Suriname is one of the only countries in the world where at least one of each different biome that the state possesses has been declared a wildlife reserve. Around 30% of the total land area of Suriname is protected by law as reserves.
Also amazing are some of the plantations like Laarwijk, which is situated along the Suriname River. This plantation can only be reached by boat via Domburg, in the north central Wanica District of Suriname.

Suriname's population of 438,144 (July 2005 estimate) is made up of several distinct ethnic groups. And in November 2007 the population was estimated at 494,347.
Hindoestanen form the largest major group at 37% of the population. They are descendants of nineteenth-century contract workers from India. They are from the Indian states of Bihar and Eastern Uttar Pradesh, in Northern India, along the Nepali border.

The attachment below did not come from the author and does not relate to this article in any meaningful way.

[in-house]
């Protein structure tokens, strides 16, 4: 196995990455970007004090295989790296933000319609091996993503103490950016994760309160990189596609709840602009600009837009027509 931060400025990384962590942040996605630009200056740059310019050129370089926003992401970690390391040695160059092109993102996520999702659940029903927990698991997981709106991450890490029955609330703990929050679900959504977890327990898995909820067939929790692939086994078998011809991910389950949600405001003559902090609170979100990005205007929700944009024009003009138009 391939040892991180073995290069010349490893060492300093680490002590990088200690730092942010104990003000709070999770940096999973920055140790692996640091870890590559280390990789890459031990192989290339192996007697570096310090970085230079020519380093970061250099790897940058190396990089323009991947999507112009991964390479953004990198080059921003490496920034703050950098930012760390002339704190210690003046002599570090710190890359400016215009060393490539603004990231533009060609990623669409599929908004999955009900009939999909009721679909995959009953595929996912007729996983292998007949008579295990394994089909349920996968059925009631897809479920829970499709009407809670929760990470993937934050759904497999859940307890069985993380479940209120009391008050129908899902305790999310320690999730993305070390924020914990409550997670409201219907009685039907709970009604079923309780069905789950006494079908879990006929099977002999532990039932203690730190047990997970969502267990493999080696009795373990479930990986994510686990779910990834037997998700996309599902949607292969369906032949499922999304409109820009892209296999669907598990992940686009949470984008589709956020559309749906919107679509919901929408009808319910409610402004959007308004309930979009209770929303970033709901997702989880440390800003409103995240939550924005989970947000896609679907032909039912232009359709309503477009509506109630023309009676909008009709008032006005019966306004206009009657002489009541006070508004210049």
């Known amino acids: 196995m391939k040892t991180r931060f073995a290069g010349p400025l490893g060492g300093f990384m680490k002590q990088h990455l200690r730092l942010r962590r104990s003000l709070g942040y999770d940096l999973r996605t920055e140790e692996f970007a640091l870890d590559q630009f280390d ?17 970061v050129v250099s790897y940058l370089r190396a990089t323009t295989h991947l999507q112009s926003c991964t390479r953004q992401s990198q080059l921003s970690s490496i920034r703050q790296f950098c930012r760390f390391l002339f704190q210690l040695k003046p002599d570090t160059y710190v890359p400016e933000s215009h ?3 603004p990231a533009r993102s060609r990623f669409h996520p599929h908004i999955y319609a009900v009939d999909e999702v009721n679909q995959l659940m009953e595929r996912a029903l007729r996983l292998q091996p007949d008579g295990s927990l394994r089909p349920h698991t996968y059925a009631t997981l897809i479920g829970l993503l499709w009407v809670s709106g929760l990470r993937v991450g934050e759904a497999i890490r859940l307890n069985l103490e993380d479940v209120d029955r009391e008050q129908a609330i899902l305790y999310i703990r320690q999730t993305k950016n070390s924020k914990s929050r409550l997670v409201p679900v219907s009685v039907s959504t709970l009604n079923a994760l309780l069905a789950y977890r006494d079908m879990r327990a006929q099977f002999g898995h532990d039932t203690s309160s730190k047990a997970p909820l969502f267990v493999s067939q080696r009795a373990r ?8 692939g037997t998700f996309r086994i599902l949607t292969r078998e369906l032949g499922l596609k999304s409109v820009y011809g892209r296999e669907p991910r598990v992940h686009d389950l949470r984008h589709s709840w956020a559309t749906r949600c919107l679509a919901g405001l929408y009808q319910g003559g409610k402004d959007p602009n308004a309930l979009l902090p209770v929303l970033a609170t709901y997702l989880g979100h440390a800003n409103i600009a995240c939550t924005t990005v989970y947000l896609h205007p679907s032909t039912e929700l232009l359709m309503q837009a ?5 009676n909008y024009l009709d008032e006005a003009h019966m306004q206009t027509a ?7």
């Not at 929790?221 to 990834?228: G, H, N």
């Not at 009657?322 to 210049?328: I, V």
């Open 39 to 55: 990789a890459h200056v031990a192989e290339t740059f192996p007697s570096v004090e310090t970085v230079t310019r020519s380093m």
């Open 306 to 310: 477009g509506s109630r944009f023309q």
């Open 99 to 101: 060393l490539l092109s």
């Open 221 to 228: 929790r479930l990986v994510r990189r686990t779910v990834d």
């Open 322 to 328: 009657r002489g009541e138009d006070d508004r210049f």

The Surinamese Creoles form the middle group 31% of the population. They are the descendants of West African slaves.

The Javanese (descendents of contract workers from the former Dutch East Indies on the island of Java, Indonesia) make up 15%.

Surinamese Maroons (descendants of escaped West African slaves) make up 10% and are divided into five main groups: Aucans, Kwinti, Matawai, Saramaccans and Paramaccans.

Amerindians form 3% of the population (some say as low as 1%), the main groups being the Akuriyo, Arawak, Carib/Kaliña, Trío and Wayana.

Chinese are mainly descendants of the earliest nineteenth-century contract workers.

Boeroes (derived from boer, the Dutch word for farmer) are descendants of Dutch nineteenth-century immigrant farmers.